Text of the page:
Info: Xylella fastidiosa is a bacterium that is endemic to central America. It is an established pathogen in the US and is a recently emerging pathogen causing devastating disease in southern Europe. Presently, they are limited to Italy, Portugal, Spain and France, but detection of infected plants has been found in other countries in Europe triggering control and eradication procedures. Tree species like ash and oak have also been observed with Xylella infections in Europe, highlighting the wide host range of the pathogen.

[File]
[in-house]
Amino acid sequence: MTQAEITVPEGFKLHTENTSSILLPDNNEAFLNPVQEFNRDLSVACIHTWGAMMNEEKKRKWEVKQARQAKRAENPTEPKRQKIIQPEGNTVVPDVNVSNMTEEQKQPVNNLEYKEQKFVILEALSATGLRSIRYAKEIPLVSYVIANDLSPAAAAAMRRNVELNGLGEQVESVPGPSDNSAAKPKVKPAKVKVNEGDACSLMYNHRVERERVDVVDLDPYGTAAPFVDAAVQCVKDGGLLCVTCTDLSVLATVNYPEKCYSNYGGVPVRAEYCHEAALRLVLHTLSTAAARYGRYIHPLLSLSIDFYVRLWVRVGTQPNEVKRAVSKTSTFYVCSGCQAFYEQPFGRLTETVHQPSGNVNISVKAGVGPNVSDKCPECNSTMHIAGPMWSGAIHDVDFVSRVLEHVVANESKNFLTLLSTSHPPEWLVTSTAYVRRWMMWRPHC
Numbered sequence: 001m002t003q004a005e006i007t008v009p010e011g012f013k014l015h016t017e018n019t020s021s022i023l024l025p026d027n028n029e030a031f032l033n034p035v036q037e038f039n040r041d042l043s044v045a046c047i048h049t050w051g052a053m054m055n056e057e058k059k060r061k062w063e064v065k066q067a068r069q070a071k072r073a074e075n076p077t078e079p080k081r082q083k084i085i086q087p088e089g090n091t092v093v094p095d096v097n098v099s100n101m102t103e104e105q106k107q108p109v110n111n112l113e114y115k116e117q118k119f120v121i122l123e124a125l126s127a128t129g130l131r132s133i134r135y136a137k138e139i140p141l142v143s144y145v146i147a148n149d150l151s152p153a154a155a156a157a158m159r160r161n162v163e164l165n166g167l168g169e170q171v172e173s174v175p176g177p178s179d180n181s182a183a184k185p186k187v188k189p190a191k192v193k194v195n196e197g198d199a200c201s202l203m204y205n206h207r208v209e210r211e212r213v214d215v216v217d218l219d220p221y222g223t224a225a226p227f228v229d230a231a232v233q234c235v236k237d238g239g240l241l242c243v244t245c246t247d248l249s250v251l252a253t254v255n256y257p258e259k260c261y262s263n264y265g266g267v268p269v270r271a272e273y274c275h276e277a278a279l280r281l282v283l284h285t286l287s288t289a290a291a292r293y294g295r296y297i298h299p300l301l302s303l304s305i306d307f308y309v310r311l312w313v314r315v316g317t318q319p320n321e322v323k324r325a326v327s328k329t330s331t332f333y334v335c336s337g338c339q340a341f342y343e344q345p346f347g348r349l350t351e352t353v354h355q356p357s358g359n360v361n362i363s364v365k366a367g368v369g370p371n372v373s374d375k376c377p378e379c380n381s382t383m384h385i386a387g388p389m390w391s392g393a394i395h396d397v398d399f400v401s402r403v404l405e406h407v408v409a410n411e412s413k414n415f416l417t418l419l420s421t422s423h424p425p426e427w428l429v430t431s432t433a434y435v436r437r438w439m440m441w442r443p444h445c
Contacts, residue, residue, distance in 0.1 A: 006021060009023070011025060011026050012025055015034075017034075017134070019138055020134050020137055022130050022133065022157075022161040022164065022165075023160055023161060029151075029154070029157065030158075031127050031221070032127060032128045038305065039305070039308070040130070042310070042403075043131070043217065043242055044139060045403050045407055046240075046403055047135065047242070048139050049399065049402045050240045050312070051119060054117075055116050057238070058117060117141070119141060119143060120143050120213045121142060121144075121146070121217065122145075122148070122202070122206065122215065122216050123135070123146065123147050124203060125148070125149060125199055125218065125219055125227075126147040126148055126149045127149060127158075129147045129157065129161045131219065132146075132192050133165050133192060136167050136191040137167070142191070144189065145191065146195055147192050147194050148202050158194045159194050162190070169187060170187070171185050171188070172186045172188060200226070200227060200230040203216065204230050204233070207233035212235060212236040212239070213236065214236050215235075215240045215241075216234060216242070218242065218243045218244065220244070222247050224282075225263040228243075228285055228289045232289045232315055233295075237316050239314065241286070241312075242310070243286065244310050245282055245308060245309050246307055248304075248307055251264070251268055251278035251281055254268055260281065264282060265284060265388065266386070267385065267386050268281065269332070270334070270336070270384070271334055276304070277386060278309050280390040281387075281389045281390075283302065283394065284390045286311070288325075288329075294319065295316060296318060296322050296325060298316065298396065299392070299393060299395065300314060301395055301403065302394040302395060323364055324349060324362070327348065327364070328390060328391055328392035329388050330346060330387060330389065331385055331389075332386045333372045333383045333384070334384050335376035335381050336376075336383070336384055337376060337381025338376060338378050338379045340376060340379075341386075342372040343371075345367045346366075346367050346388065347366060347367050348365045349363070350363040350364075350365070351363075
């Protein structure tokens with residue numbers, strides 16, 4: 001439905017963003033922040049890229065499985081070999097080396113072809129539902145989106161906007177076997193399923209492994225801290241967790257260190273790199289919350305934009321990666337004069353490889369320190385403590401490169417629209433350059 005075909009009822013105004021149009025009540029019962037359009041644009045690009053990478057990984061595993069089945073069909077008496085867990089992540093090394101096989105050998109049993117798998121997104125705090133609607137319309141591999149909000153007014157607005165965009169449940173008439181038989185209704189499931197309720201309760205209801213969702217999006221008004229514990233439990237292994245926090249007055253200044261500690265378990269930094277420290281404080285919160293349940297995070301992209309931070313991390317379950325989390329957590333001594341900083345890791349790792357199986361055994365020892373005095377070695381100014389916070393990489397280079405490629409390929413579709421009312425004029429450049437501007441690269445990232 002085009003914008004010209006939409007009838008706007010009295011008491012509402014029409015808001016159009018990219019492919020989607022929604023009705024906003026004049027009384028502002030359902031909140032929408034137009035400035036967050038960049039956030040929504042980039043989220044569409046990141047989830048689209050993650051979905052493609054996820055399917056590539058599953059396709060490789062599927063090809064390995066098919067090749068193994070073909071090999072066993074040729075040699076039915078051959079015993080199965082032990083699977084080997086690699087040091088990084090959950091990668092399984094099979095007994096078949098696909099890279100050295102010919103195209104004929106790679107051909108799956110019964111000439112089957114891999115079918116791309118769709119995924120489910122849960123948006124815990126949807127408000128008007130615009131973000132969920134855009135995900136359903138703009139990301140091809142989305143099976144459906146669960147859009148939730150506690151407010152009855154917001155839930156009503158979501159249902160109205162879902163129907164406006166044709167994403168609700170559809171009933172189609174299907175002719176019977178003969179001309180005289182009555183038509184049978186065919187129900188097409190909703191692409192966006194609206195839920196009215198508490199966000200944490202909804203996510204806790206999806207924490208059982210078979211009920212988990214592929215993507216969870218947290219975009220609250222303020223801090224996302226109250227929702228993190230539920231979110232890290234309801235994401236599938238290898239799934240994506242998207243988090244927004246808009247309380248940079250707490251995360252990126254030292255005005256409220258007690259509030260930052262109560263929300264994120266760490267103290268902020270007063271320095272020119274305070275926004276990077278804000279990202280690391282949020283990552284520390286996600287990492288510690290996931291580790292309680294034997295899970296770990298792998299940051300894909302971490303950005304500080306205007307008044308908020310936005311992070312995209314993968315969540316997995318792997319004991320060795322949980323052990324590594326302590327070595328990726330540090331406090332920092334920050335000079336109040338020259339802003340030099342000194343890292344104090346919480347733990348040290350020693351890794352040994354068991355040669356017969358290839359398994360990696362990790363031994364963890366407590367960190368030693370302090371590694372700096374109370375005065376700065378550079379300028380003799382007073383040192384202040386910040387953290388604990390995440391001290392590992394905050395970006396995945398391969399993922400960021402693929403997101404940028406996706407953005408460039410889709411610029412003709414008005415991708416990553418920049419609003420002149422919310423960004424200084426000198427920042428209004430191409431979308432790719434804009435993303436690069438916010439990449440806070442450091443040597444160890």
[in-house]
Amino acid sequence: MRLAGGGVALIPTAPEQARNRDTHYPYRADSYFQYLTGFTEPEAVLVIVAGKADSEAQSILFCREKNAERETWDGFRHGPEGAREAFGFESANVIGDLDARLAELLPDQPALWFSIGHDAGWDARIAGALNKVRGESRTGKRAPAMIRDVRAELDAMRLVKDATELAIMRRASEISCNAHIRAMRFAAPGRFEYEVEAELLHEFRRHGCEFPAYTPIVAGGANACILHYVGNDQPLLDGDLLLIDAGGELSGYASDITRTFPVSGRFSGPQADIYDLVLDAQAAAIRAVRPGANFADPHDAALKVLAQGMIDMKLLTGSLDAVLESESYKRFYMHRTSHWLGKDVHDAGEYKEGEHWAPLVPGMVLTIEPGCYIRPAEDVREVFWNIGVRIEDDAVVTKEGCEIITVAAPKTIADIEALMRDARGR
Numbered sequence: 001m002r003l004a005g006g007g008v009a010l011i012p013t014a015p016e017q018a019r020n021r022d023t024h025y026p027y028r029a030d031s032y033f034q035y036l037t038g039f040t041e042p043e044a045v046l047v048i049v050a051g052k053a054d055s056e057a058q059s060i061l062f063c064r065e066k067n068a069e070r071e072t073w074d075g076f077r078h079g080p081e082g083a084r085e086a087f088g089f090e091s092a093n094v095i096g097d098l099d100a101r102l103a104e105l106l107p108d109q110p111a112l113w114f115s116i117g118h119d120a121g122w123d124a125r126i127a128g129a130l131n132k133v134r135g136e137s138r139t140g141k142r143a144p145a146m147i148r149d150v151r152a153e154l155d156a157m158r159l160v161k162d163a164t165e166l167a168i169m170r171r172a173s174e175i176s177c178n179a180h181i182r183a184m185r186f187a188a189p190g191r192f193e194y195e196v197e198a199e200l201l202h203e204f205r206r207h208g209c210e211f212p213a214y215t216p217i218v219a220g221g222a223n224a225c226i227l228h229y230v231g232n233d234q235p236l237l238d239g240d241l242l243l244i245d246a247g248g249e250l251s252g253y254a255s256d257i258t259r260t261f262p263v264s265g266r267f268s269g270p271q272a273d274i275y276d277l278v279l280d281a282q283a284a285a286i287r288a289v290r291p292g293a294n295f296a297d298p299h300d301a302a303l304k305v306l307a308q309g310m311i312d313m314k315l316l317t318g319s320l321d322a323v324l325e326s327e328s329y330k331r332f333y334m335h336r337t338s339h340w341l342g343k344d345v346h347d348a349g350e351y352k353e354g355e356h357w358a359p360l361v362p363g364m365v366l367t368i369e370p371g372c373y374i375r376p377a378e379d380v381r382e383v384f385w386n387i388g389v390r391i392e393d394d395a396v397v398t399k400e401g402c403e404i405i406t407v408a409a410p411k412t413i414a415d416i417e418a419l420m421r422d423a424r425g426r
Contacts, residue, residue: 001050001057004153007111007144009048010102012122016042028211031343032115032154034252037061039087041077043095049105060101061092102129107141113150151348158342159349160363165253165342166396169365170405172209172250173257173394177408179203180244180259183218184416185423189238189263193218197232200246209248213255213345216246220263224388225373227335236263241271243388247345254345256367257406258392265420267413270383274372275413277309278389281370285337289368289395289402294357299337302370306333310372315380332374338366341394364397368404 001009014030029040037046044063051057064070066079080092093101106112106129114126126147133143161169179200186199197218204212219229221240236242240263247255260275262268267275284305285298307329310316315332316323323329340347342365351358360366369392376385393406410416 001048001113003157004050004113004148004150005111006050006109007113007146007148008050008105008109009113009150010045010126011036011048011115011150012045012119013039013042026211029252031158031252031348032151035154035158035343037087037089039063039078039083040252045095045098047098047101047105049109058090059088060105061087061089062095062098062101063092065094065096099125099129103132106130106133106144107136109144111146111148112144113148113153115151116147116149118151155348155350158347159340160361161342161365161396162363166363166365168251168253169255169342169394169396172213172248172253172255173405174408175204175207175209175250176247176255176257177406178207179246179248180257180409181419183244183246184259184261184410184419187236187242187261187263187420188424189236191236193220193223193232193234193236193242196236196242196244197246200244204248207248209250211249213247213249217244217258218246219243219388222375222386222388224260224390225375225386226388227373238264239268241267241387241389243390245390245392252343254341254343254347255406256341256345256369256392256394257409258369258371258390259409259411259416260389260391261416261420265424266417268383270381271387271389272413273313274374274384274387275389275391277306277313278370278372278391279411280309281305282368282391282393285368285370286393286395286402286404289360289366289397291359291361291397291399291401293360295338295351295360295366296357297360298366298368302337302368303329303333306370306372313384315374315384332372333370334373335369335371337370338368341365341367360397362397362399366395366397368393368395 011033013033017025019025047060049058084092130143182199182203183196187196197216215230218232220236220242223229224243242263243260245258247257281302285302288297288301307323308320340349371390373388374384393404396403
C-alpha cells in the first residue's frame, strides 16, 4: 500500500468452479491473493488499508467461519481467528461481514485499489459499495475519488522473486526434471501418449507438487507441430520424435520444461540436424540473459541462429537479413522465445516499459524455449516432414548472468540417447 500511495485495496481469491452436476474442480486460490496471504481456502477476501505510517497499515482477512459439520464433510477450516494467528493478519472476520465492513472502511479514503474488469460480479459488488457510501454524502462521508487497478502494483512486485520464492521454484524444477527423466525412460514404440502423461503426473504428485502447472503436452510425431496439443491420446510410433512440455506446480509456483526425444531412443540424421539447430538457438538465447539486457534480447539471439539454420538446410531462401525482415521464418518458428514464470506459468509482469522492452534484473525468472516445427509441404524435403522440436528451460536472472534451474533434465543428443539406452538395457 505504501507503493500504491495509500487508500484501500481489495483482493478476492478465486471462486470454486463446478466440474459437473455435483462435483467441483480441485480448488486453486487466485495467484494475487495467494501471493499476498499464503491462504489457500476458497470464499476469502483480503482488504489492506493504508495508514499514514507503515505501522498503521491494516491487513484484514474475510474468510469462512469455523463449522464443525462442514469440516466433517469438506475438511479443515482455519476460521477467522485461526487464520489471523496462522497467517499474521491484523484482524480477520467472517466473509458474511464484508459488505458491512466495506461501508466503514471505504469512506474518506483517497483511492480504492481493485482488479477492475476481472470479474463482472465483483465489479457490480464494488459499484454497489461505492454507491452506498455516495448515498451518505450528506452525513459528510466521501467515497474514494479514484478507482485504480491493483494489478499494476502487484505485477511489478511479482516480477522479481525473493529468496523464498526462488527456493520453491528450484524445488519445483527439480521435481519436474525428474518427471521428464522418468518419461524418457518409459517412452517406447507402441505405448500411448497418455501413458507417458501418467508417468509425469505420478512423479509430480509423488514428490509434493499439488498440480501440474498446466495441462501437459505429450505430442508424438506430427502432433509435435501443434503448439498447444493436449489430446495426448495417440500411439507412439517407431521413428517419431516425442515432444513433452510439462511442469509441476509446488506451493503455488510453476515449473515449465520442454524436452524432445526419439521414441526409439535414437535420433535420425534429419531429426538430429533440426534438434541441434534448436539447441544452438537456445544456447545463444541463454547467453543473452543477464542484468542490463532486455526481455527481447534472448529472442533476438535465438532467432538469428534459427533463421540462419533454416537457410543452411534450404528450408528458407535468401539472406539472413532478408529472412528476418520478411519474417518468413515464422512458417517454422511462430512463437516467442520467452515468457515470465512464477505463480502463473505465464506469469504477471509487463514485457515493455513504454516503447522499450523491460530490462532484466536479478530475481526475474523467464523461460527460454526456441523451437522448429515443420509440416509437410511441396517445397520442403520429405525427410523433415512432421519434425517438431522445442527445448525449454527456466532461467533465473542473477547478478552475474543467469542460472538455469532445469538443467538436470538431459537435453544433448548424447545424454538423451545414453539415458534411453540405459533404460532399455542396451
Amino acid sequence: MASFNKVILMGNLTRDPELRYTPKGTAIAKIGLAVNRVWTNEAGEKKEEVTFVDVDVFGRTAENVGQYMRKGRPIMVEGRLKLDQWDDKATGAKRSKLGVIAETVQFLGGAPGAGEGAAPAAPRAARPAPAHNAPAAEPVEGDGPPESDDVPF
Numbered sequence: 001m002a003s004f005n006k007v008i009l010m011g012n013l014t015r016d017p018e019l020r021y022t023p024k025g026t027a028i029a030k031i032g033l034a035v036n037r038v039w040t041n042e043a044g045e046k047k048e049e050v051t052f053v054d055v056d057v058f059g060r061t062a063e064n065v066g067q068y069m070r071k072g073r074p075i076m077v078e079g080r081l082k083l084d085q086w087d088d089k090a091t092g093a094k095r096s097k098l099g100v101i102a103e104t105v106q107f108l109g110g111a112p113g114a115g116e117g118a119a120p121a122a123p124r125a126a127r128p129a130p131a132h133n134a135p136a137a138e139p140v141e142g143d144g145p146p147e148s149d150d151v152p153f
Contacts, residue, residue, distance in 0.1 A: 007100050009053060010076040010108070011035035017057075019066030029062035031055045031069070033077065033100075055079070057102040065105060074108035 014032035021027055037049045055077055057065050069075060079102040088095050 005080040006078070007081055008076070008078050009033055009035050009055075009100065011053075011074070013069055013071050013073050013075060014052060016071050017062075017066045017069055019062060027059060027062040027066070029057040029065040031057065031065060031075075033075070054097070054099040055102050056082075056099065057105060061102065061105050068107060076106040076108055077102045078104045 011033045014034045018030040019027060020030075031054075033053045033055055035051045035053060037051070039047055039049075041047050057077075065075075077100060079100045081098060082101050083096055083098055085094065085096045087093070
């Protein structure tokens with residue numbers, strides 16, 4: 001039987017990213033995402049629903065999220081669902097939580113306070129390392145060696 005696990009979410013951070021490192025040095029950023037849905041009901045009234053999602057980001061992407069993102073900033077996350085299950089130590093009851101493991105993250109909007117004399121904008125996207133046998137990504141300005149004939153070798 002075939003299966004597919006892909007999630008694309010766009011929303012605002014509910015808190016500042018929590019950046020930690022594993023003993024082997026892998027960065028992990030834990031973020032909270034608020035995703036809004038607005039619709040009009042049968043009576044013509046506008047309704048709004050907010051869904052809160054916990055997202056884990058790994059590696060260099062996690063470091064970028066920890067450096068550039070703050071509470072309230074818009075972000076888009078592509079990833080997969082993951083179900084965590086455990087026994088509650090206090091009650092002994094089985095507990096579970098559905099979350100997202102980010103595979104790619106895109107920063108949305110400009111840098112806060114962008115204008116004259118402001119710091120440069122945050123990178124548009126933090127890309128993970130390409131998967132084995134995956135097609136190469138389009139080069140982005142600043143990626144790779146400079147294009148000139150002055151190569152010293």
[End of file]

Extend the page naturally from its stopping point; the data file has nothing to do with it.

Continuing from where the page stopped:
There is considerable concern around the potential threat to the UK’s horticulture and ecosystem, particularly to trees, should Xylella establish in the country and thus it is important that investment is made to fully understand the threat the pathogen poses. This will help with identifying the potential hosts for the pathogen and whether any resistance exists in the plant population. It will also help with identification and monitoring as well as considering the risk of widespread disease spread.